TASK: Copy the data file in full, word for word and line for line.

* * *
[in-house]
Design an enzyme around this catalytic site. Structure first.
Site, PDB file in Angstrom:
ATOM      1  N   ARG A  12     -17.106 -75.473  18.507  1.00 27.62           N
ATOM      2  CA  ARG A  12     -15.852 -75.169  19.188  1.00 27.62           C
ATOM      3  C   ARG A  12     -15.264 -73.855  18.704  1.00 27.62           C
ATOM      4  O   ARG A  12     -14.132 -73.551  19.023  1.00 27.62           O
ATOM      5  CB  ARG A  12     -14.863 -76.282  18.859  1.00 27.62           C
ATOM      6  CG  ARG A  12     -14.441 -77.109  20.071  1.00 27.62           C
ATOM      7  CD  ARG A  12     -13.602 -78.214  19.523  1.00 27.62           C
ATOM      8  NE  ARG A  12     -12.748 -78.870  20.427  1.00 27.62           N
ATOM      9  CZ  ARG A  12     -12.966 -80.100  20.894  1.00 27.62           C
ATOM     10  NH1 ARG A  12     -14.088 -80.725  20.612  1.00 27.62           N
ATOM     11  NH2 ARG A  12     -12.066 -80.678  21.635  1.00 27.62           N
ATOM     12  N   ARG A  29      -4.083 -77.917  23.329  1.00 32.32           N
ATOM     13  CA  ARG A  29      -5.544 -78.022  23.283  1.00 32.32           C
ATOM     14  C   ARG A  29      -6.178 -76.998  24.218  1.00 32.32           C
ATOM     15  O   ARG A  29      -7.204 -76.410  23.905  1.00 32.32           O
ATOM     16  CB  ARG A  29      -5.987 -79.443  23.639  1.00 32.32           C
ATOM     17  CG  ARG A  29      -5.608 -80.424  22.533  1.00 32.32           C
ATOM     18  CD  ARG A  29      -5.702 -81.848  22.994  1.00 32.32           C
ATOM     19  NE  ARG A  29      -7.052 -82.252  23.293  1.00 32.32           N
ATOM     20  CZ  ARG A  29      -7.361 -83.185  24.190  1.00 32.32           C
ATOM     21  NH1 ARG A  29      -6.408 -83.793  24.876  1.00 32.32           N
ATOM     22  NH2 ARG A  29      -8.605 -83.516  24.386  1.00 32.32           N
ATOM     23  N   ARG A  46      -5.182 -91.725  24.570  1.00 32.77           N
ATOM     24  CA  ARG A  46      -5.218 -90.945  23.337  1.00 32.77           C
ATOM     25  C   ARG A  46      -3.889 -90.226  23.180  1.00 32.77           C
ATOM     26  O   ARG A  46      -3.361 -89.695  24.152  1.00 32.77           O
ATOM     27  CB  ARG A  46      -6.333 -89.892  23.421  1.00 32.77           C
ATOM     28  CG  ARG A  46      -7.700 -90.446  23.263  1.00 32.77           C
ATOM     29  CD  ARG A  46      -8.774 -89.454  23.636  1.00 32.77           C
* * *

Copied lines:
[in-house]
Design an enzyme around this catalytic site. Structure first.
Site, PDB file in Angstrom:
ATOM      1  N   ARG A  12     -17.106 -75.473  18.507  1.00 27.62           N
ATOM      2  CA  ARG A  12     -15.852 -75.169  19.188  1.00 27.62           C
ATOM      3  C   ARG A  12     -15.264 -73.855  18.704  1.00 27.62           C
ATOM      4  O   ARG A  12     -14.132 -73.551  19.023  1.00 27.62           O
ATOM      5  CB  ARG A  12     -14.863 -76.282  18.859  1.00 27.62           C
ATOM      6  CG  ARG A  12     -14.441 -77.109  20.071  1.00 27.62           C
ATOM      7  CD  ARG A  12     -13.602 -78.214  19.523  1.00 27.62           C
ATOM      8  NE  ARG A  12     -12.748 -78.870  20.427  1.00 27.62           N
ATOM      9  CZ  ARG A  12     -12.966 -80.100  20.894  1.00 27.62           C
ATOM     10  NH1 ARG A  12     -14.088 -80.725  20.612  1.00 27.62           N
ATOM     11  NH2 ARG A  12     -12.066 -80.678  21.635  1.00 27.62           N
ATOM     12  N   ARG A  29      -4.083 -77.917  23.329  1.00 32.32           N
ATOM     13  CA  ARG A  29      -5.544 -78.022  23.283  1.00 32.32           C
ATOM     14  C   ARG A  29      -6.178 -76.998  24.218  1.00 32.32           C
ATOM     15  O   ARG A  29      -7.204 -76.410  23.905  1.00 32.32           O
ATOM     16  CB  ARG A  29      -5.987 -79.443  23.639  1.00 32.32           C
ATOM     17  CG  ARG A  29      -5.608 -80.424  22.533  1.00 32.32           C
ATOM     18  CD  ARG A  29      -5.702 -81.848  22.994  1.00 32.32           C
ATOM     19  NE  ARG A  29      -7.052 -82.252  23.293  1.00 32.32           N
ATOM     20  CZ  ARG A  29      -7.361 -83.185  24.190  1.00 32.32           C
ATOM     21  NH1 ARG A  29      -6.408 -83.793  24.876  1.00 32.32           N
ATOM     22  NH2 ARG A  29      -8.605 -83.516  24.386  1.00 32.32           N
ATOM     23  N   ARG A  46      -5.182 -91.725  24.570  1.00 32.77           N
ATOM     24  CA  ARG A  46      -5.218 -90.945  23.337  1.00 32.77           C
ATOM     25  C   ARG A  46      -3.889 -90.226  23.180  1.00 32.77           C
ATOM     26  O   ARG A  46      -3.361 -89.695  24.152  1.00 32.77           O
ATOM     27  CB  ARG A  46      -6.333 -89.892  23.421  1.00 32.77           C
ATOM     28  CG  ARG A  46      -7.700 -90.446  23.263  1.00 32.77           C
ATOM     29  CD  ARG A  46      -8.774 -89.454  23.636  1.00 32.77           C